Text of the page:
So, as detailed earlier, I was invited to attend the the 2010 Taiwan Cycling Festival, which officially took place from October 16 to October 24th. Â Taiwan’s government, with support from its cycling industry, has been working hard to promote itself as a bike-friendly tourist destination. Over the course of two weeks, I had a chance to see the results of these efforts first hand, and now that I’m (finally) back, it’s time to tell you about it.
Taiwan, for those living in the United States, isn’t a short flight away. Â For me, it was a five hour flight from Washington to Los Angeles, and then another 14 hour flight from LAX to Taipei (TPE). Â From a US-based traveller’s standpoint, there’s a pretty steep initial cost to any trip to Taiwan: aside from the ticket itself, the 14 hours in a plane (minimum) and the resulting jetlag means that the destination has to be worth all that trouble. Â And Taiwan? Â Absolutely was. Â I was blown away by it. Â But speaking of blown away . . .
The Plan Meets Typhoon Megi
The original plan for this trip was constructed, in large part, around the inaugural Taiwan Cup. Â The Taiwan Cup was designed to be a professional road race highlighting the and headlining a week of amateur racing and organized rides. Â Unfortunately,Â Typhoon Megi changed these plans, not only forcing the cancellation of the Taiwan Cup, but alsoÂ resulting in a number of casualties along the eastern coast of Taiwan.
We made an initial effort at sticking to the plan, before the severity of the typhoon was apparent, but ultimately had to retreat back to Taipei and the western side of Taiwan. Â This was the resulting itinerary:
You can see a map with a bit more detail here.
Come Ride Taiwan With Me
I’ll be posting pieces that roughly follow the chronology of the trip. Â So, to sketch out what lies ahead:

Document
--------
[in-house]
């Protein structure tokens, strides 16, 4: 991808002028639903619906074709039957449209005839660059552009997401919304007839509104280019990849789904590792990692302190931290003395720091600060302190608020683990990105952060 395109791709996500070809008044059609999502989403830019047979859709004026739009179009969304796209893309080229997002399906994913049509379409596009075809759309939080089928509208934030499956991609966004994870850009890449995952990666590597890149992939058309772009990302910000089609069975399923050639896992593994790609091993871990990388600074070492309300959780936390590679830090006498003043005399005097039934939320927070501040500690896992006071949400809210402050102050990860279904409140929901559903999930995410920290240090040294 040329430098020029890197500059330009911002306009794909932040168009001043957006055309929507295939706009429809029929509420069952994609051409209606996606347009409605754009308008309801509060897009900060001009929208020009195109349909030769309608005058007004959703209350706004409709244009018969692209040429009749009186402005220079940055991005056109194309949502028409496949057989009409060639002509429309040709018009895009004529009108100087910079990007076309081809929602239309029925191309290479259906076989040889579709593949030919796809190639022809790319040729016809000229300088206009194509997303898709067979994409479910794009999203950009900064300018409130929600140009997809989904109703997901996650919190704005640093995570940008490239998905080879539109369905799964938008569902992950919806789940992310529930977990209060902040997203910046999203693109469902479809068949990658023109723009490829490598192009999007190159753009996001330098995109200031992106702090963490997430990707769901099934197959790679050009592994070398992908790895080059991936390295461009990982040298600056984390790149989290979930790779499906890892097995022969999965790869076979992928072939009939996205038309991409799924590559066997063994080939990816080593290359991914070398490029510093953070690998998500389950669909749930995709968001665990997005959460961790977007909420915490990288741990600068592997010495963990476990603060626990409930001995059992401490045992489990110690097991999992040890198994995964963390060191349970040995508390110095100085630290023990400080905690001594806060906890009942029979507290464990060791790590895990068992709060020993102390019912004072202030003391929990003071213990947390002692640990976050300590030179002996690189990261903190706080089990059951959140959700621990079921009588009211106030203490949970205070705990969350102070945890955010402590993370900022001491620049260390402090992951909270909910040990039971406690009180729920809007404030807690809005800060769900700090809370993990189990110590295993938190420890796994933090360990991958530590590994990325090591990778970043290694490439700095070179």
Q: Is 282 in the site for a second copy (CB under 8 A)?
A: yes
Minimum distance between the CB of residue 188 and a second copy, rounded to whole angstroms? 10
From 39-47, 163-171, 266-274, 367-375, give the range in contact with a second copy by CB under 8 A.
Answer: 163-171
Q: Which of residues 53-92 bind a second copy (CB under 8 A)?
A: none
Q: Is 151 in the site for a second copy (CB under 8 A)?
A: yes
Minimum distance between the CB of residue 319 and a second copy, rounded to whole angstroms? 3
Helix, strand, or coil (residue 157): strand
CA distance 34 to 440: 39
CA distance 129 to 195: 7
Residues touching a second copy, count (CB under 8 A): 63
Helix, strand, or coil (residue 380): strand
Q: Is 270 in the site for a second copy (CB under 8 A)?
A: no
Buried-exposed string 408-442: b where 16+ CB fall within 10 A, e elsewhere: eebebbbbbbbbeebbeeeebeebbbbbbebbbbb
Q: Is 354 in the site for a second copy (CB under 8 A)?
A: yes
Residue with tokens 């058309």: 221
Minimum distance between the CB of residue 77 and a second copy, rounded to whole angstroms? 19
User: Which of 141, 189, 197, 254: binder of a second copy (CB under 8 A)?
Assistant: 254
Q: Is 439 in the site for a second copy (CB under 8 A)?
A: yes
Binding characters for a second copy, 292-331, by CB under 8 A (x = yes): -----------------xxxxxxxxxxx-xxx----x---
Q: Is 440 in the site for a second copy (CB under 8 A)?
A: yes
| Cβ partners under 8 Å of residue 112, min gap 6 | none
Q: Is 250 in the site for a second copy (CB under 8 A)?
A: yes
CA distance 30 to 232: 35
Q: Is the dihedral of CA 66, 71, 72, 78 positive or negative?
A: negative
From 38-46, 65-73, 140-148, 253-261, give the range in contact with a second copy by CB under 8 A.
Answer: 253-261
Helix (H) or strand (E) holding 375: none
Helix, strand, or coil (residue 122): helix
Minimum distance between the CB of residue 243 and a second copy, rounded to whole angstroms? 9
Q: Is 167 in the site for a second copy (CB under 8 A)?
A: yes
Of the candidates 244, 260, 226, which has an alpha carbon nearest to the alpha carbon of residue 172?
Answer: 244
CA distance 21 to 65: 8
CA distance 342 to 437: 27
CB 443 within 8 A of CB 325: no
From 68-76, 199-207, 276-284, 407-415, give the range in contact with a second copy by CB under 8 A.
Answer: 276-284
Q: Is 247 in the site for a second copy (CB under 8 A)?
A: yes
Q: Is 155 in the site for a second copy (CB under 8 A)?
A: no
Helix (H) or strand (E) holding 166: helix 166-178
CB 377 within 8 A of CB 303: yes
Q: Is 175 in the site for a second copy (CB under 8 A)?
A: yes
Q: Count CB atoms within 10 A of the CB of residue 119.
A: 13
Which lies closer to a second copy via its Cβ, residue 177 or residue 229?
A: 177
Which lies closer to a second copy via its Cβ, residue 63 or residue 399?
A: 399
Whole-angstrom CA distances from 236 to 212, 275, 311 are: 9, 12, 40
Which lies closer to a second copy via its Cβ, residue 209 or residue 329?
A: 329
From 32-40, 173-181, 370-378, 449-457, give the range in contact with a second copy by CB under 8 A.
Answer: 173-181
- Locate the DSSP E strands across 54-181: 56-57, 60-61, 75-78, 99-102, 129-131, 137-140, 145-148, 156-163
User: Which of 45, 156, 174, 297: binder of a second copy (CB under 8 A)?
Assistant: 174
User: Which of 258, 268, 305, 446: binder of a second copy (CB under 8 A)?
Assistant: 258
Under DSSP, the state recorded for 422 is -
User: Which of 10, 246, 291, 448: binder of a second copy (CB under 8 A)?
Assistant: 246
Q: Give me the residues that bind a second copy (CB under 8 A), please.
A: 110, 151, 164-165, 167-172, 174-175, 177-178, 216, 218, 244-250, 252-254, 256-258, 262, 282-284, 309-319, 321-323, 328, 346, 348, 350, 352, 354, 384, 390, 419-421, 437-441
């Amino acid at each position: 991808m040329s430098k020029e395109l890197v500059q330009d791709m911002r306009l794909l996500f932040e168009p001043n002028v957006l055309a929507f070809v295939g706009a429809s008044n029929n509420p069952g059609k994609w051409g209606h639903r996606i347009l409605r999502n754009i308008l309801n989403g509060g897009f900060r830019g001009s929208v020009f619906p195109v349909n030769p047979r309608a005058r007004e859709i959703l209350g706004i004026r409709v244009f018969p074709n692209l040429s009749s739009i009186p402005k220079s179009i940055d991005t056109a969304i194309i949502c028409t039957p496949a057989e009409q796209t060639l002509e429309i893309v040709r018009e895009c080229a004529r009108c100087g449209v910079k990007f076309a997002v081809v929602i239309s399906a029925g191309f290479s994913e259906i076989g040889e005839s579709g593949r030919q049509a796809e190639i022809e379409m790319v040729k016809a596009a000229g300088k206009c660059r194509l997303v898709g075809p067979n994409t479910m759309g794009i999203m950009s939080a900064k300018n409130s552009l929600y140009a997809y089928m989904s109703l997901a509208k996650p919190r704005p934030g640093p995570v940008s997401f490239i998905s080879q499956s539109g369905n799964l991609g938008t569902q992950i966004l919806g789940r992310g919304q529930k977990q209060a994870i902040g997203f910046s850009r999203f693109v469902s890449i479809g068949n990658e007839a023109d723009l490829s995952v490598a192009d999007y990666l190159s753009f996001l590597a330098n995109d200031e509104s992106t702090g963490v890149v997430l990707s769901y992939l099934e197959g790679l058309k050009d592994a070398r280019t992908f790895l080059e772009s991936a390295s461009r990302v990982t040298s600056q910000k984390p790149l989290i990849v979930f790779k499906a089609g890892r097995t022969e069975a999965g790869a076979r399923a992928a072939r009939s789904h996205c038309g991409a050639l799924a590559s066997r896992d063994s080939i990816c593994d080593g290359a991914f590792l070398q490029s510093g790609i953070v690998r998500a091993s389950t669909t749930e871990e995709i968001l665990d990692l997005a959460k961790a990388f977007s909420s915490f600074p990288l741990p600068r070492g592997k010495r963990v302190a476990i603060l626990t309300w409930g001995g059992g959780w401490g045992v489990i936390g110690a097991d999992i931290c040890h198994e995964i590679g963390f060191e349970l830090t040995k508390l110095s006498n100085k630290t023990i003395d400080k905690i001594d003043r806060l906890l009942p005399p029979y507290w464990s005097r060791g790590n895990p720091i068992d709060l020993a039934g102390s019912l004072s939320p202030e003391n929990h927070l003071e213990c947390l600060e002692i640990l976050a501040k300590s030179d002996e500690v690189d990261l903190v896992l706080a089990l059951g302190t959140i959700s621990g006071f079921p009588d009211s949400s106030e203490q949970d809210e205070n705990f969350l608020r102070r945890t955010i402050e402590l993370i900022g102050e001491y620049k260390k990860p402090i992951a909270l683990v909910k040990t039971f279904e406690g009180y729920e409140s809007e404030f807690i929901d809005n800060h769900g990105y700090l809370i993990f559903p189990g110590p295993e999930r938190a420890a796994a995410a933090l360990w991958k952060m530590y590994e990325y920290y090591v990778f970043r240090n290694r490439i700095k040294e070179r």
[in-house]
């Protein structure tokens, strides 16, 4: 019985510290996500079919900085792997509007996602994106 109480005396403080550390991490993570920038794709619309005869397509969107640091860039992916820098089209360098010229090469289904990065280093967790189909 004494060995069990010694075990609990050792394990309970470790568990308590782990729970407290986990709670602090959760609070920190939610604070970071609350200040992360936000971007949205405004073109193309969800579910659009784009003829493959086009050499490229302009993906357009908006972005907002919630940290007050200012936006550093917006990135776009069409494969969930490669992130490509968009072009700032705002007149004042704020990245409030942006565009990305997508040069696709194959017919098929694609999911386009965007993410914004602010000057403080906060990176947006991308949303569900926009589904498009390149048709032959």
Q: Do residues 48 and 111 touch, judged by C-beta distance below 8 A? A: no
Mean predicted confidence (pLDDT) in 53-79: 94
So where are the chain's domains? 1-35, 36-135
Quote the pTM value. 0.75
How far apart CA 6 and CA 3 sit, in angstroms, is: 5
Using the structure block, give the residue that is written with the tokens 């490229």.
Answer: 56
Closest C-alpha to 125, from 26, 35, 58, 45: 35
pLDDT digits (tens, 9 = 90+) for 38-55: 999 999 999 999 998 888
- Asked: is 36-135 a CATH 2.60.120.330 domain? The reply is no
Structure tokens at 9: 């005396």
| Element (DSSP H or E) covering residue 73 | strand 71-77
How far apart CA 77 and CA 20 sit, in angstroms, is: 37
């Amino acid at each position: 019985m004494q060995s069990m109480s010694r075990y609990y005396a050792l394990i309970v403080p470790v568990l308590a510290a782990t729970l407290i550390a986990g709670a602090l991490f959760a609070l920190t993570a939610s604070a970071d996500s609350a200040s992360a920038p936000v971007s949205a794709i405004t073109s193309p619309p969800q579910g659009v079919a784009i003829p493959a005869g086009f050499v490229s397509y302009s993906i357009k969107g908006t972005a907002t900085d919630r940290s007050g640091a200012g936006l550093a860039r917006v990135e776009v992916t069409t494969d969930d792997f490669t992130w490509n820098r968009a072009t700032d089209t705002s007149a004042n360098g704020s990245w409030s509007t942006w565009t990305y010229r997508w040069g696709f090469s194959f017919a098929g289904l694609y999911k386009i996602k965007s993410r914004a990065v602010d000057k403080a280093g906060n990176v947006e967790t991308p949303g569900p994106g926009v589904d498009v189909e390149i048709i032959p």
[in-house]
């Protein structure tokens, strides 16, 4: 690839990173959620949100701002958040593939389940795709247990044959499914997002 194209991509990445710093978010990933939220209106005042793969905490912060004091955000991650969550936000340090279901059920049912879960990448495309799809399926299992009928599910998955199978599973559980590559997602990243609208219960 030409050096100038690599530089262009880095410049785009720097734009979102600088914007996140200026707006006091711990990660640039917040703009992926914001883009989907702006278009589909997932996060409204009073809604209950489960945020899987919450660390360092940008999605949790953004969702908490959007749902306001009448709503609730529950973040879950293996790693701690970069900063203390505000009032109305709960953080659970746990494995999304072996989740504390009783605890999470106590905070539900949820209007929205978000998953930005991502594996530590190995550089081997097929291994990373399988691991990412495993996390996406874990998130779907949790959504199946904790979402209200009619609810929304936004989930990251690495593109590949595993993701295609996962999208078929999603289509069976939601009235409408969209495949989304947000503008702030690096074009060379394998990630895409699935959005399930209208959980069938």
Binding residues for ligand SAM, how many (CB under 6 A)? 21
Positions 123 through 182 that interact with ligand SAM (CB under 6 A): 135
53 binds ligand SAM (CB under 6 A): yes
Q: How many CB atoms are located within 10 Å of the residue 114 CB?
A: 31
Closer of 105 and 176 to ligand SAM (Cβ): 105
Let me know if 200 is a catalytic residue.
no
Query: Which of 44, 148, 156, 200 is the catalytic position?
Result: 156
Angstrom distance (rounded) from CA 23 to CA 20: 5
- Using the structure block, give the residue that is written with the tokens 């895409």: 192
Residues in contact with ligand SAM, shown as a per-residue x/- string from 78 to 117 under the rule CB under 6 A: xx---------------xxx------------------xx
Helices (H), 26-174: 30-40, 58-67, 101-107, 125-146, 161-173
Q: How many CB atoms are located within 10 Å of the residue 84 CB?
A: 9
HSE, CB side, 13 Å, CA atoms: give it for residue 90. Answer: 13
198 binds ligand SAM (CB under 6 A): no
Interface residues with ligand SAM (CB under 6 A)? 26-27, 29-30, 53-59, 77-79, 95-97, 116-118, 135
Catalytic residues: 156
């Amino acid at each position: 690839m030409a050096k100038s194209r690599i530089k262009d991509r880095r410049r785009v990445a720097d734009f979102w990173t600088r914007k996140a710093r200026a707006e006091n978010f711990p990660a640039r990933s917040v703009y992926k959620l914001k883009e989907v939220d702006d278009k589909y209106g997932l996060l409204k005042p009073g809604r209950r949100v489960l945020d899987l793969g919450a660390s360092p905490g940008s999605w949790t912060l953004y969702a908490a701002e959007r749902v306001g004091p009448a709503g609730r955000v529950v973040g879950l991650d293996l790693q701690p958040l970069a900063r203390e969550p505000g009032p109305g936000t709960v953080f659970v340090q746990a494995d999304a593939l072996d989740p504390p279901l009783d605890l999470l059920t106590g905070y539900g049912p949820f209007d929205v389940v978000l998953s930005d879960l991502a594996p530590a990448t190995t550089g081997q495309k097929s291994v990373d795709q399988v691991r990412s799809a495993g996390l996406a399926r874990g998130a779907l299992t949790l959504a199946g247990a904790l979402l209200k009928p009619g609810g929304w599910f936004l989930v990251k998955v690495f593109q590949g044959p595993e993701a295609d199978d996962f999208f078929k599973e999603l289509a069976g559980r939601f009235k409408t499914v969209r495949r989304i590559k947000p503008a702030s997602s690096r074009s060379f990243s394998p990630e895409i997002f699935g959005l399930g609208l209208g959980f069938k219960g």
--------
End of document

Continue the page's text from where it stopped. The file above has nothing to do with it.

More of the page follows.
- Thurs – Taipei. Â Straight from TPE to the hotel. Â There was, however, time for a walk.
- Friday – Taitung/Chihpen Hot Springs. Â Flew from Taipei to Taitung, toured some local markets, and maybe someone fell into the river while rafting . . .
- Saturday – Chihshang. Â The opening ceremony for the Taiwan Cycling Festival, and our first day of cycling. Â It started with a short ride with Dr. Mao Chi-Kuo (æ¯›æ²»åœ‹), Taiwan’sÂ Minister of Transportation and Communications. After that, we headed over to Taiwan’s first purpose-built recreational cyclepath in Guanshan, and then rode from there up to our hotel. Â Bonus: portaging was involved. Â Second bonus: an unexpected jazz concert.
- Sunday – Hualian. Â Knocked out a metric century (and then some) in the morning with an out-and-back along Highway 9, turning around at one of the markers for the Tropic of Cancer. Â Finished up the day in Hualian, where we got the first real hints of Typhoon Megi.
- Monday – Taroko Gorge. Â Another AM ride, this time along the coastline in Hualian, in driving – but wonderfully warm – rain. Â We then headed back south to finish the day in one of the most breathtakingly beautiful places I’ve ever been.
- Tuesday – Taroko Gorge. Â With a constant chorus of oh-my-god-look-at-that in my head, the day’s – and trip’s – highlight is climbing and descending through Taroko Gorge. Â Words will not suffice to describe this day.